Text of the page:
Nicholas Steneck, director of the Research Ethics and Integrity Program of the Michigan Institute for Clinical and Health Research, suggested during a 2006 American Association for the Advancement of Science (AAAS) science policy forum that “questionable research practices” could approach 50 percent of all research behaviors. (The outliers on Steneck’s bell curve quantifying the ethical landscape were falsification, fabrication and plagiarism at one end and “responsible conduct of research” at the other, each with between 0.1 and 1.0 percent of all behaviors.)
“The climate change issue really focused attention of how scientists try to handle their relationships with the greater public,” says Mark Frankel, director of the Scientific Freedom, Responsibility and Law program at the AAAS. It’s challenging enough to communicate about an issue of such magnitude and uncertainty, he says, but worse yet were instances of scientists trespassing into the policy orbit.
“You basically had some scientists buttonholing politicians, saying, ‘Look. Here’s what the data shows, it’s a real problem, we got to act and here are some suggestions.’ Some did that willingly,” says Frankel, “and some were naïve.” Either way, “they wound up saying things they would never say in a journal getting peer reviewed.” The Bipartisan Policy Center, a think tank co-chaired by former House Science Chairman Sherwood Boehlert (R-N.Y.) and Donald Kennedy, former editor of Science, urged the Obama administration to “establish procedures for keeping politics from clouding science in regulatory decisions,” warning that the “politicization of science” degrades policy debate and undermines public faith in science. The use of ideological criteria to select members of federal scientific advisory committees has been scrutinized by the Government Accountability Office.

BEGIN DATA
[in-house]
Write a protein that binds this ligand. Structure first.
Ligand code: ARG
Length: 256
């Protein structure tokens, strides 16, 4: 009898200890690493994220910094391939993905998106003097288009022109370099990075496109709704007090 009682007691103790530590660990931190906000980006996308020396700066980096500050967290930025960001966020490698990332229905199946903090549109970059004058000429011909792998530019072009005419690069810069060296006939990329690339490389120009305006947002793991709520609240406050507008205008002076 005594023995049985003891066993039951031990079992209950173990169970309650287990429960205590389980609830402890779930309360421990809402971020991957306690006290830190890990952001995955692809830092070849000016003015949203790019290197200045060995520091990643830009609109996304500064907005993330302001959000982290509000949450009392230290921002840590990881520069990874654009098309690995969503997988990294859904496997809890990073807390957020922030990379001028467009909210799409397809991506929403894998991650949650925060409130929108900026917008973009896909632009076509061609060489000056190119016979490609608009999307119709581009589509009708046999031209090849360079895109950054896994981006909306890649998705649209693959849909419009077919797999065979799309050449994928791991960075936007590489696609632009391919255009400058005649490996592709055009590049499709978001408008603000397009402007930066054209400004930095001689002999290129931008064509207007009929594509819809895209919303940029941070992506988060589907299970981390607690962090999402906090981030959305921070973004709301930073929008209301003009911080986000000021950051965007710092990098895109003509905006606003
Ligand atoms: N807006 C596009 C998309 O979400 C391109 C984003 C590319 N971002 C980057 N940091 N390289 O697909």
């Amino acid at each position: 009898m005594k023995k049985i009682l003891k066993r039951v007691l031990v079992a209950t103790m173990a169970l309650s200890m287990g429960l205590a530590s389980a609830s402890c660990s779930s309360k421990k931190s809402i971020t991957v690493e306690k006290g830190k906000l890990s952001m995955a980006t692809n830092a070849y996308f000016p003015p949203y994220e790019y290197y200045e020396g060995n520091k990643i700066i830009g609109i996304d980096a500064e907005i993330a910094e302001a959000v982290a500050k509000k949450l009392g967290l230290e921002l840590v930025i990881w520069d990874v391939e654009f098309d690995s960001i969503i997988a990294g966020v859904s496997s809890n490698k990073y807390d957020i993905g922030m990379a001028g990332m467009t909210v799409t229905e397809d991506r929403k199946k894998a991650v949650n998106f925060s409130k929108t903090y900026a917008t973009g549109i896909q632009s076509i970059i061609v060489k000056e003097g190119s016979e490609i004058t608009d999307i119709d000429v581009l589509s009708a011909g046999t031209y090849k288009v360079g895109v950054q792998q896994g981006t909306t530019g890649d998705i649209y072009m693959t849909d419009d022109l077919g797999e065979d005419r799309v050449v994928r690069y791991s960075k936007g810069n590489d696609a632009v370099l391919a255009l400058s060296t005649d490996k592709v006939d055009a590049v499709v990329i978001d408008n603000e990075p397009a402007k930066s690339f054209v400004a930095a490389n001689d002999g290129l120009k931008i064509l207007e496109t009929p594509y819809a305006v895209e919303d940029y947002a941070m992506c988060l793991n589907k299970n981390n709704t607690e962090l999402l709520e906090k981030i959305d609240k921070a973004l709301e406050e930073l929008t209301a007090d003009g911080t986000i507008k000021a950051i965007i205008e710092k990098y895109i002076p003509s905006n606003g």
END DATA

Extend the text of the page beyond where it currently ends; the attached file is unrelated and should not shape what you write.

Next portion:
Global warming continues to wreak havoc with the scientific community’s reputation. In late 2009, hackers released e-mails purporting to show data manipulation by global warming proponent/climatologists in England. The scientists were subsequently exonerated, but the retraction was not the stuff of front-page news. The incident, dubbed “Climategate,” occasioned a New York Times editorial deploring “diversionary controversies.”
Oft-contentious stem cell research is another arena where scientists have engaged in what Frankel calls “exaggerated advocacy, really going out on a limb making claims” about cures. “This overstepping really hurt us. The other side comes back and says, ‘OK, so where are all these cures?’ Then you have the scientists who developed the California policies regarding stem cell research. They wrote their 10- year expectations into their documents before Phase 3 trials. That was responsible.”
But Lowenstein, a self-described “historian who focuses on issues of public understanding of science,” takes issue with the idealized concept of purity—of science separate from values— maintaining that a social and political drumbeat has always accompanied the march of science.
“When Galileo first invented the telescope, he was looking at Saturn and he found three moons for Saturn. Problem was, his financial support came from the Medicis, and there were four Medici brothers, and he did not publicly announce his findings until he’d found a fourth moon to satisfy his patrons. That’s no different from scientists who look for the most commercially viable version of their work….” And some of the greats play fast and loose ethically, great “precisely because they follow their intuition,” says Lewenstein, who cites HIV pioneer Robert Gallo, “famous for jumping, and sometimes that means his lab work is a little messy and everything is not quite documented. There have been some major accusations of fraud against him, which in the end have not been supported” but arise “because of the way he works.”